MONROVIA: The Plenary of the House of Representatives has refused to act on President George Weah’s communication, requesting the Legislature to approve the draft restated budget for Fiscal Year 2023.
The House took the unprecedented decision during its Tuesday’s sitting following a motion proffered by Rep. Clarence Massaquoi (UP, District #3, Lofa County).
“… I move if I could be seconded, that the communication from the Executive … constitutes the President’s Official communication. However, given that copies of this bill have not been distributed to every member of this House which is a requirement of our rules, given also that the decision will require research of the current budget, given that it will take some time for the copies to be distributed, it is my motion that this communication is not considered officially read on the floor until copies are distributed. When the copies are distributed, members will now entertain that the document be read on the floor.”
President Weah had submitted to the House of Representatives a proposed restatement of the FY2023 national budget in the total amount of US$759.4 million.
The draft amended budget at US$759.4 million reflects a net decrease of US$23.5 million or 3.0 percent below the originally approved budget of US$ 782.9 million.
In March this year, the 54th Legislature passed the 2023 budget at US$782.9, approved by the president and signed into handbill.
Following its passage, the government lauded itself for guiding the passage of the biggest fiscal budget in Liberia’s history.
However, with two quarters into the fiscal year, President Weah returned to the Legislature, informing the august body to make an adjustment because it would be impossible to attain all of the projections made prior to the approval of the FY2023 national budget due to some challenges.
The president stated that the confluence of reduction in the volume of trade, expiration of surcharge on petroleum, reduction of tariff on excise on petroleum and a six-month-running slump in global market prices of export commodities in the mining sector have engendered revenue underperformance in both tax and non-tax categories since the beginning of the current fiscal year.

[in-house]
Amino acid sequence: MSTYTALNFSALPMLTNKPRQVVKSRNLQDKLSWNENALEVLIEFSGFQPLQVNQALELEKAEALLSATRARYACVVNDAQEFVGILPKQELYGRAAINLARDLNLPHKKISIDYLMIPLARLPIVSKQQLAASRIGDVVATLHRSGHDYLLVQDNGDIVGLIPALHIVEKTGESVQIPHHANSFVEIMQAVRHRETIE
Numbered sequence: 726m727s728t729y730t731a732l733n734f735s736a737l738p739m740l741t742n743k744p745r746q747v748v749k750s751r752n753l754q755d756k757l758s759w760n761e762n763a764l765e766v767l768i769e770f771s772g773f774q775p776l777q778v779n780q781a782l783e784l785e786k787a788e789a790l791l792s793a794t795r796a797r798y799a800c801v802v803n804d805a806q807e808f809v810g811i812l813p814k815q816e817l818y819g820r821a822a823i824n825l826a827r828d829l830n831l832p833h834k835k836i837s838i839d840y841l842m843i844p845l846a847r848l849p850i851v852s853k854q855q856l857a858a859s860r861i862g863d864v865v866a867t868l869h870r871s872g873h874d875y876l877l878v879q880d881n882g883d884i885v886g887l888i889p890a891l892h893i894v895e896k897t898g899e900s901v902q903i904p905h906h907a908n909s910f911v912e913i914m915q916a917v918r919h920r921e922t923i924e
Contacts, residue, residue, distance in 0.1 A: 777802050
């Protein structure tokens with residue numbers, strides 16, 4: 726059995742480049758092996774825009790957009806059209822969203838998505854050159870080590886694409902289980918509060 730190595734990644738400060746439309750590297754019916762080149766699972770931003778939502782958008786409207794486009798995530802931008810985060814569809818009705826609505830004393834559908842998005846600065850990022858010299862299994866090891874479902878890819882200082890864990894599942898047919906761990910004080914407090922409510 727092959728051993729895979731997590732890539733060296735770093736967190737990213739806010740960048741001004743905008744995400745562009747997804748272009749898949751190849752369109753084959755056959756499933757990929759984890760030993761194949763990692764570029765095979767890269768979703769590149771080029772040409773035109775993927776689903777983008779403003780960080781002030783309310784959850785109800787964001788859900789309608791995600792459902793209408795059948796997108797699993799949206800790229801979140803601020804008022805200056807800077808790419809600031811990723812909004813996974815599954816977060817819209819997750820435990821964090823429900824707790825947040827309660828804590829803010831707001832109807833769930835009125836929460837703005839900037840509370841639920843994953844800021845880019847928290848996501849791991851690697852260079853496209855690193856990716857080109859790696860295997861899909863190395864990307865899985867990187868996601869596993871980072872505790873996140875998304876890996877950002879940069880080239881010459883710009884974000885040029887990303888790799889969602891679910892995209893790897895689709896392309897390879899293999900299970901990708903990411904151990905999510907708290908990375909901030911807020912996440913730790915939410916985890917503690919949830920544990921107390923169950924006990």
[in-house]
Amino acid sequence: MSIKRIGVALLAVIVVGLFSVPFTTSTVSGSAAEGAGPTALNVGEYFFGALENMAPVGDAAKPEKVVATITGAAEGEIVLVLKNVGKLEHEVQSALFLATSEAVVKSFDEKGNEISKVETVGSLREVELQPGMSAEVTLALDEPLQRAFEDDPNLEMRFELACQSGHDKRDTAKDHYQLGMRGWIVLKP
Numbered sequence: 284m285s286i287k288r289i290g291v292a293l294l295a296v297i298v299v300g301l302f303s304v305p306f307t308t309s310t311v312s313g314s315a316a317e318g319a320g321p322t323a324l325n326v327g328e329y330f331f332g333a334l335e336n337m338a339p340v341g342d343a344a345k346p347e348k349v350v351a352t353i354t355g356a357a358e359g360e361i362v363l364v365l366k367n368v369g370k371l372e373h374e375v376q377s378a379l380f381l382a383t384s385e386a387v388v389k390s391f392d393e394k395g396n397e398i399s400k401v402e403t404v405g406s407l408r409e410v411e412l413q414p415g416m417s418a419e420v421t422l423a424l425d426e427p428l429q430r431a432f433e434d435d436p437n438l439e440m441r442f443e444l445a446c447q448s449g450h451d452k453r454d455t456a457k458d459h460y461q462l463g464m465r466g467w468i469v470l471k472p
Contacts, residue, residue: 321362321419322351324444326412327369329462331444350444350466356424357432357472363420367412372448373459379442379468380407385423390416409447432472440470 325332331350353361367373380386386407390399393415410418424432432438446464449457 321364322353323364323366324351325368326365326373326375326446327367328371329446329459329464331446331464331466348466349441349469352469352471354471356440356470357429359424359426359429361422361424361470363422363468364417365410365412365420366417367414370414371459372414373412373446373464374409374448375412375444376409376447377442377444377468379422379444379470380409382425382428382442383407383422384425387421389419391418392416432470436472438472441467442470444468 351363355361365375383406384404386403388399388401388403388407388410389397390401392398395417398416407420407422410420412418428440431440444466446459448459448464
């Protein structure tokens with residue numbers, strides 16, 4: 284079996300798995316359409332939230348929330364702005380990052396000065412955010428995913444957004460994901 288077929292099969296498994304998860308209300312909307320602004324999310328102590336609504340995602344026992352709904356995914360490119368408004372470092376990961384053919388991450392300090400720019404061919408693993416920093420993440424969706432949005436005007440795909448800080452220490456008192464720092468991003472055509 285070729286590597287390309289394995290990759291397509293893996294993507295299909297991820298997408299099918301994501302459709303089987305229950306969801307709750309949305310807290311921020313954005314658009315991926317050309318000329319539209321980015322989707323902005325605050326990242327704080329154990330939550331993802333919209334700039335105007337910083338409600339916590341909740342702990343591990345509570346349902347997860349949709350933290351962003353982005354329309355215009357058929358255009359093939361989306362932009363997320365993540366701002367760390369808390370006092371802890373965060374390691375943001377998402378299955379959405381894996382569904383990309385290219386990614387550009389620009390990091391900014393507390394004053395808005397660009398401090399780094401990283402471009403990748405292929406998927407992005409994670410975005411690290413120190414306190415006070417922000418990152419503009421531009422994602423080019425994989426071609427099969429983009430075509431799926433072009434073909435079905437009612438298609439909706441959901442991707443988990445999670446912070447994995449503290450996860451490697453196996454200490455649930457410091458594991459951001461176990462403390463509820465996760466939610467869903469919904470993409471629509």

This underperformance, the president noted, has posed a challenge for executing the budget in the first two-quarters of FY2023 and has also prompted early reprioritization and program deferrals in some instances.
“It is against the foregoing that realization of the aggregate amount of US$23.5 million or 3.5 percent of the total projected domestic revenue of US$672 million has been deemed a risk and untenable,” he stated.
“To ensure that year-end spending is in line with available resources, adjustments in spending entities’ program allocation balances have been made such that the risk is absorbed by all and sundry. However, critical priority allocations for the ensuing elections and the national electricity grid have been ring-fenced.”
According to the President, the total adjusted recurrent expenditure is estimated at US$612,558,028 or 80.7 percent of the total proposed expenditure.
The revised expenditure estimate for public sector investment is US$146,857,790 or 19.3 percent of the total proposed expenditure.
Following the reading of the president’s communication, the plenary voted in favor of a motion to table his request until each of the lawmakers is served with a copy of the proposed restated budget.
The proponent of the motion, Rep Massaquoi, noted that it would be impossible to make any informed decision if each lawmaker is not given a copy of the draft restated budget.
Massaquoi noted that the lawmakers’ research will cover the original approved FY2023 budget.
He noted that Tuesday’s reading should be deemed as null and void until copies of the bill are distributed.
His colleague, Rep. Larry Younquoi (District #8, Nimba County) said since the approval of the original budget, the Executive has not served the Legislature copies.
The House’s rules say before a bill can be acted upon; it should be read three times in plenary.
Observers say the move by the legislature is unprecedented given that the House always prioritizes the president’s items, especially financial instruments including budget requests and concession agreements.
In the past, the 54th Legislature has come under staunch criticism for their “failure” to thoroughly scrutinize the national budgets that have been submitted by the Executive branch of government.
Last year, a number of legislators from the opposition bloc claimed that the budget was hastily passed without a proper scrutiny as spending entities did not submit their performance reports as required by Section 36 of the PFM Law.
The law, among other things, states that “It is a general responsibility under this Act for all government officials handling public financial transactions to ensure that financial information is reported in a timely, comprehensive, and accurate manner, in the manner prescribed in this Act, under its regulations, and in instructions issued by the Minister.”